Halloween is creeping up once again, and the pages of the frightful new fiction collection Behind the Mask from Bantam don’t offer much in the way of hope. There’s the familiar grisly monsters, vampires, ghosts and werewolves, but also a few newcomers: pedophile pedophiles, pederasts, necrophiliacs, and sundry mutant cops, prisoners and cannibals. Also on the screen are one-handed cops and nanny killers and a 100-foot queen lizard who steals its prey from inside its own body.
This is fiction we can read. We can grab a copy, sink into the arms of our armchairs, and get inside the heads of the bad guys.
But these books are too much.
Whether it’s the miserable repetition, or the non-use of a proper adjective or adverb, or the affectation of everyday language, they all run the risk of making you want to gag.
There are several four-word sentences alone that leave the reader (or, in this case, writer) too confused to make any sense of it.
“Diet supplements were, again, his divine right.”
“It was a beautiful day. You brought out a candy bucket.”
“You were sick to your stomach.”
“This is really going to mess with your head.”
“You know what this is? It’s one big attack,” added Dowling to the body count.
“It was you. How sad.”
“Eating the Kippers was actually the most badass thing about us,” Willems told the jury. “That man has no balls.”
“Is your car greased?” The vicious black-and-blue blood drive ran into the guard station, galloping straight for Tom, son of Judge Jenkins, the guilty owner of the car, who was writing a name on the scrap of paper.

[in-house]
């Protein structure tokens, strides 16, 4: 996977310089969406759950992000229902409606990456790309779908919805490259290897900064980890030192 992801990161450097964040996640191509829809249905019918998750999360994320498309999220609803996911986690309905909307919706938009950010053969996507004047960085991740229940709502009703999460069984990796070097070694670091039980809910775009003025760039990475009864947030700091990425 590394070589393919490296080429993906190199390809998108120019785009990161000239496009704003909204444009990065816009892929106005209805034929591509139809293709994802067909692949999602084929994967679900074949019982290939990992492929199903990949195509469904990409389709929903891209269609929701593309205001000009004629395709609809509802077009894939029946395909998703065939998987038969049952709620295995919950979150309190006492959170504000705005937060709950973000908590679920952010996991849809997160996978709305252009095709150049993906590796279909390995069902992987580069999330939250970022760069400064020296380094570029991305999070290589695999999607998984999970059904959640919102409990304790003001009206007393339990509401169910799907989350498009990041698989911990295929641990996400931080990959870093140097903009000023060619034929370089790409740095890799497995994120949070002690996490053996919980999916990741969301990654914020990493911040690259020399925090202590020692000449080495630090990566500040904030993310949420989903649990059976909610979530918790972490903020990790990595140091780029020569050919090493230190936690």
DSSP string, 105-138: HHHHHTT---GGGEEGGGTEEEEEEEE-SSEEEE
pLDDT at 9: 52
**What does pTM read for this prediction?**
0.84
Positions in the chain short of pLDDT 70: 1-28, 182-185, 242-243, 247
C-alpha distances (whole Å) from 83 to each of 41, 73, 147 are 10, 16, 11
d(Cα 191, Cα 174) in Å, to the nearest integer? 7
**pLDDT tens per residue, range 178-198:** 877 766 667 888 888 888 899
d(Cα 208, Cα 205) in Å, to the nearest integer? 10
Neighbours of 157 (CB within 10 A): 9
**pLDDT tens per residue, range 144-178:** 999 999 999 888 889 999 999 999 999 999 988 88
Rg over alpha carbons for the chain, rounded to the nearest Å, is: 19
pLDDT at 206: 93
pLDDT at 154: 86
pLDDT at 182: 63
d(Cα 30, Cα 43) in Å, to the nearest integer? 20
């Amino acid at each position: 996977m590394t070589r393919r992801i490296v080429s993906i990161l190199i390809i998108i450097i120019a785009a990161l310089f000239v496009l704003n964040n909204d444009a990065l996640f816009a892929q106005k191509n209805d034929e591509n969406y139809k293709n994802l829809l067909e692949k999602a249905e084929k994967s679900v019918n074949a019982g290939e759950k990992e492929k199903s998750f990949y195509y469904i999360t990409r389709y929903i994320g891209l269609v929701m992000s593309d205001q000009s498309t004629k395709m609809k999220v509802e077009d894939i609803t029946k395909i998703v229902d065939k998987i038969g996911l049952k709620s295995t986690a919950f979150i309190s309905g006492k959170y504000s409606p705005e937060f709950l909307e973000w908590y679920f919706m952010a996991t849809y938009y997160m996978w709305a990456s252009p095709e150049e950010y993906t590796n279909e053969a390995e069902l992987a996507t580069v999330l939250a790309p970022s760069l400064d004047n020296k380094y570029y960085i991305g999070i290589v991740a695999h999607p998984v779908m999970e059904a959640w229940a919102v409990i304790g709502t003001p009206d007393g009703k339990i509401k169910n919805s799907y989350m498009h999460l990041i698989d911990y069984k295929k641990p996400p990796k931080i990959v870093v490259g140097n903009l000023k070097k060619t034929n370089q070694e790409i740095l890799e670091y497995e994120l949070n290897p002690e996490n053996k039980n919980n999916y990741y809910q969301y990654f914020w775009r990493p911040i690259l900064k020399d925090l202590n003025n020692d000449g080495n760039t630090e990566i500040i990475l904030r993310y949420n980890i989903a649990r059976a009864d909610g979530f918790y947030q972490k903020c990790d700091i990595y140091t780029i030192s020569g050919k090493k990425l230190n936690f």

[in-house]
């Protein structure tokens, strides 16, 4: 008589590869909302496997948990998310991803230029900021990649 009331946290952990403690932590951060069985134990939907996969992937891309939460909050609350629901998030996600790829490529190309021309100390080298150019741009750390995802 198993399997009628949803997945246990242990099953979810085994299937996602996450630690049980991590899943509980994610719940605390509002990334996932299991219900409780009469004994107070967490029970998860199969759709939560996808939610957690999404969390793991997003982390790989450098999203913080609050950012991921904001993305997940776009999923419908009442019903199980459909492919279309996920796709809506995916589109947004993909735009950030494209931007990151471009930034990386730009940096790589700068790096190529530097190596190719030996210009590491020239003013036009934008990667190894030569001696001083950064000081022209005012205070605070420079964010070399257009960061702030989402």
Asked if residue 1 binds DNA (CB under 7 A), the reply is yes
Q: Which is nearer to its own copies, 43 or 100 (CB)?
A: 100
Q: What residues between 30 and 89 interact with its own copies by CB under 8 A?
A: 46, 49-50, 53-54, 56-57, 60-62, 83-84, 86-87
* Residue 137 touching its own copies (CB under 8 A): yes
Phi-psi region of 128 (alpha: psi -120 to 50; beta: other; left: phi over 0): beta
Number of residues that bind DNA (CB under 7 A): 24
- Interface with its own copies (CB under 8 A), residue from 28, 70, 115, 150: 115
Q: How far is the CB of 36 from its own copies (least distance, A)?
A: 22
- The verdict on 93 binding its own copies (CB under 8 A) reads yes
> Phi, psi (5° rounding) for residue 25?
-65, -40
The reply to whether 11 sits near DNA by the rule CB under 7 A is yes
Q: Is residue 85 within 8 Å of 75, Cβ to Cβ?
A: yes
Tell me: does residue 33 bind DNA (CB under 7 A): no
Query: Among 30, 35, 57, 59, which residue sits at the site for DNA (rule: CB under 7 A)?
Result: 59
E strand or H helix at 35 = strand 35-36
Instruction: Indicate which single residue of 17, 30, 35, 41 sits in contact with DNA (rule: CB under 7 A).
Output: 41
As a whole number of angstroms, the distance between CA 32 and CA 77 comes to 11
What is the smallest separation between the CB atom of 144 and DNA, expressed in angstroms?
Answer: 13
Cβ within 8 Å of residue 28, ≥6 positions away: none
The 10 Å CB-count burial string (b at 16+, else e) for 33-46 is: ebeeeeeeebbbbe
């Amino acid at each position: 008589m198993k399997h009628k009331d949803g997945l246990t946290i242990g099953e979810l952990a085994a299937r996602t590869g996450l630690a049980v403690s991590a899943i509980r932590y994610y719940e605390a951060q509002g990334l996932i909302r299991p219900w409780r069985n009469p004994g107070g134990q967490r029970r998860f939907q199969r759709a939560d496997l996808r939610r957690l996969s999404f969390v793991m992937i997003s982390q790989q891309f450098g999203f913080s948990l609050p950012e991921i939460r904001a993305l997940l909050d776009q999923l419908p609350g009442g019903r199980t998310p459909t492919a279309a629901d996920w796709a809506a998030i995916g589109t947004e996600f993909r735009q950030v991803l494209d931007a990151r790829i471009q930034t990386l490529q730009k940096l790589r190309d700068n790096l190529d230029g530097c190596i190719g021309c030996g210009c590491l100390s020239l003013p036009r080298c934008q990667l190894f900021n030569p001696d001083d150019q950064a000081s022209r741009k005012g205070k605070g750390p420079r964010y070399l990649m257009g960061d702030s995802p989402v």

Some books are scary enough to send you looking for your safe place and tucking your head into your chest.
In Grief is the Time to go to Sleep, for instance, a bitter younger girl strikes it rich when an old wealthy neighbor dies, pushing the gate open. Pics of her comes flying through, and she likes them so much she actually captures more than $3 million as she says adieu to the world of white slavers and rural slavery. The money is in a mysterious basket, never to be seen again and now, it seems, to belong to Grief.
At the end of Grief Is the Time to Go to Sleep, Grief hangs out in her old boarding school — hard-scrabble and rough-and-tumble — but she no longer has the money to pay the truancy fines. Her father has died and she can’t visit him at the mortuary or get a ticket. Her boyfriend is only too glad to abandon her. And, of course, there’s the presence of pederasts, murderers and necrophiliacs all around her, all the time.
These characters have nothing good to say. They brag and want to do all sorts of mean, nasty things. They engage in rites that say nothing good about anyone, and merely encourage one another to get into even more trouble. They call their filthy, sick fantasies “holy” and fling themselves at those who fail to believe, or have ceased to be able to.
It is no wonder that children are the only innocents left.